Defendant contends she should be allowed to withdraw her guilty plea because she was denied her right under Arbuckle to be sentenced by the same judge who accepted her guilty plea.

 People v. Arbuckle, supra, 22 Cal.3d 749, 150 Cal.Rptr. 778, 587 P.2d 220, held that it is an implied term of a plea bargain involving sentencing discretion that the judge who accepts the plea bargain will be the judge to impose sentence.   Thus, a defendant is  entitled either to be sentenced by that same judge or, if that is not possible, to withdraw his guilty plea.  (Id., at p. 757, 150 Cal.Rptr. 778, 587 P.2d 220.)  “Should the guilty plea be withdrawn, the prosecution of course has the right to reinstate the dismissed counts.”  (People v. Pedregon (1981) 115 Cal.App.3d 723, 726, 171 Cal.Rptr. 468.)

Defendant contends that Arbuckle and the cases construing it do not support the notion that a defendant's rights are forfeited because the sentencing judge has “retired, died, moved far away or is otherwise unavailable.”   Defendant contends it makes no difference why the judge is unavailable;  “The trial court's administrative problems are no concern of hers.”  (App. Reply Brief.)

Arbuckle specifically dealt with the situation when “internal court administrative practices” render it impossible or impracticable for the judge who accepts a defendant's plea to impose the sentence.  (Arbuckle, supra, 22 Cal.3d at p. 757, 150 Cal.Rptr. 778, 587 P.2d 220.)   As one court has stated:  “Arbuckle and the cases applying it [citations] involve situations where the original judge was unavailable for sentencing due to internal administrative scheduling problems.  Arbuckle speaks only of such situations and it is doubtful whether its mandate would apply when, as here, the judge is unavailable due to his death.”  (People v. Watson (1982) 129 Cal.App.3d 5, 7, 180 Cal.Rptr. 759.)   We agree with that assessment.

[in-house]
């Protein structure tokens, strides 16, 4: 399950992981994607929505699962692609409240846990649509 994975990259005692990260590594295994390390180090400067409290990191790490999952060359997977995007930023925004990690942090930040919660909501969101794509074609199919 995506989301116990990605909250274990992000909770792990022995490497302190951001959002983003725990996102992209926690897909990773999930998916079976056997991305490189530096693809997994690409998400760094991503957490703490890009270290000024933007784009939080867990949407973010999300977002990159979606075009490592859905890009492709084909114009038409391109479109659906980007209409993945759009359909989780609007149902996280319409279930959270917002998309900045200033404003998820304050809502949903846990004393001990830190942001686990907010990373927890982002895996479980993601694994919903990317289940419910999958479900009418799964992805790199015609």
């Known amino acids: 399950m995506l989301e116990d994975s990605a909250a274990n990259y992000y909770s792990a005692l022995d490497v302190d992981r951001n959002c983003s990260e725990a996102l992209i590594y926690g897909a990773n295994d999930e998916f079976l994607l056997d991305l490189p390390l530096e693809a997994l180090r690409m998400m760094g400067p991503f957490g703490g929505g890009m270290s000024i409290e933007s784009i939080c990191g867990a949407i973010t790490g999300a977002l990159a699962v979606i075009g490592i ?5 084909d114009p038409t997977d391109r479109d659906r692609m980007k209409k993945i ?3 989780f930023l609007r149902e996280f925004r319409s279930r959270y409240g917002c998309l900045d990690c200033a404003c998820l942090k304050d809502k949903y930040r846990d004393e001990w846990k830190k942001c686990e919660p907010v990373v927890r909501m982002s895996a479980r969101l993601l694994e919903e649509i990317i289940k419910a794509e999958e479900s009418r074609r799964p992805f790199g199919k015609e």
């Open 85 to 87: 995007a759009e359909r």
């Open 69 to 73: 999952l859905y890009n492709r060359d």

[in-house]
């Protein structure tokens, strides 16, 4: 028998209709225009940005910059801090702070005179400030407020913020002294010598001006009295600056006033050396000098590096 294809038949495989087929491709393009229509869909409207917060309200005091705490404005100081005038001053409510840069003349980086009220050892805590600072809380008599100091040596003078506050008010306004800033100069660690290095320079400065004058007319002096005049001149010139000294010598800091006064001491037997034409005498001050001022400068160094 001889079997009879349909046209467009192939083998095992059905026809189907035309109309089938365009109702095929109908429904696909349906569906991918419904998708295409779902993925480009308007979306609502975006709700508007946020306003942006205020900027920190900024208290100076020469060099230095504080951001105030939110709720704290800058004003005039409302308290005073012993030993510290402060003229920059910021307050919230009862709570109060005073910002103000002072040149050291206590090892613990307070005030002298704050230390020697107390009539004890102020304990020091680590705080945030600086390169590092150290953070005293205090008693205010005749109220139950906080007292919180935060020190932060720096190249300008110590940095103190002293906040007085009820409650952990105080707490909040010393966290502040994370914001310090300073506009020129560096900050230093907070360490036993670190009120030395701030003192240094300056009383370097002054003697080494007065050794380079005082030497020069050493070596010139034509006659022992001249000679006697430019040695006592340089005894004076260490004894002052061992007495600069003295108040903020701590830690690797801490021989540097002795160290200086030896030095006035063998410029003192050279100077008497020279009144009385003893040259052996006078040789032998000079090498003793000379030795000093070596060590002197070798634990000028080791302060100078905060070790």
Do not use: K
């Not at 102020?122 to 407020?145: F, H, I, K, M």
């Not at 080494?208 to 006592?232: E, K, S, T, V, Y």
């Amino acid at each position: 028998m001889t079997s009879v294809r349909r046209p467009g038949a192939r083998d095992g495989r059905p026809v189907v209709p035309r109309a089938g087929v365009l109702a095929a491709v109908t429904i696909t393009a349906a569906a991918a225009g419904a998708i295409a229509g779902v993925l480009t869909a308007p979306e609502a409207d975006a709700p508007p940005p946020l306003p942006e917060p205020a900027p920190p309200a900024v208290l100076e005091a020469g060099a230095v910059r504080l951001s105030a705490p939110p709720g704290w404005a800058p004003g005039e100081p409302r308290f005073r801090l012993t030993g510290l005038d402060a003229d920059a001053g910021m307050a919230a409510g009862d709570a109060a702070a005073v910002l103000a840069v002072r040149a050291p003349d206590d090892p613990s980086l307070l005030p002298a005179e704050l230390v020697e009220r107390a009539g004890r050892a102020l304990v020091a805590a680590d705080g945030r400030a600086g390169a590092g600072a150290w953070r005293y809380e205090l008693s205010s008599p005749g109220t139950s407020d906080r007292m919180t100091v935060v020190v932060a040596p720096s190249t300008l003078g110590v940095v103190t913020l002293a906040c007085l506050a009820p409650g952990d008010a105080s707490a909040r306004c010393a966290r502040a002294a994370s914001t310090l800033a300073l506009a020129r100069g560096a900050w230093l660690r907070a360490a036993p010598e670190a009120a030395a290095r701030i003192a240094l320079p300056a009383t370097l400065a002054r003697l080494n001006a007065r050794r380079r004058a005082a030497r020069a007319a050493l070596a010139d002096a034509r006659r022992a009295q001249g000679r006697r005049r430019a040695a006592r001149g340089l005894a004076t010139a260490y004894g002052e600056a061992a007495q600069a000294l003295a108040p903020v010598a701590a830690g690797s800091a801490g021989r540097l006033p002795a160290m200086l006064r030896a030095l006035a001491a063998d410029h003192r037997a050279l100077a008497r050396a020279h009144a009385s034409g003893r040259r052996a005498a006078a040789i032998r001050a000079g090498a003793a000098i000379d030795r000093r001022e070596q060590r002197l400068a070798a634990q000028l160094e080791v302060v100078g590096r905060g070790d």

While it is established that the implied term of a negotiated plea first recognized by Arbuckle will override competing administrative practices of the court, it is clear to us that a negotiated plea does not carry with it an implied promise that the judge accepting the plea will not resign, retire, expire or be removed from the bench pending imposition of sentence.   The People appropriately bear the risk of a judge's unavailability due to matters within the control of the court, but no good reason appears why they should bear the risk that the judge before whom defendant plead is no longer vested with judicial power to pass sentence.   To the implied term recognized by Arbuckle that the judge accepting the plea will impose sentence must be added an implied condition:  if that judge then still actively exercises judicial power.

 We hold that Arbuckle does not apply in a case where the judge's unavailability is due not to internal administrative problems or convenience of the court but to retirement of the judge, a matter clearly beyond the power of the court to control.  (See People v. Watson, supra, 129 Cal.App.3d at p. 7, 180 Cal.Rptr. 759.)

 II 2

The judgment is affirmed.

FOOTNOTES

2.   See footnote 1, ante.

PUGLIA, Presiding Justice.

REGAN and BLEASE, JJ., concur.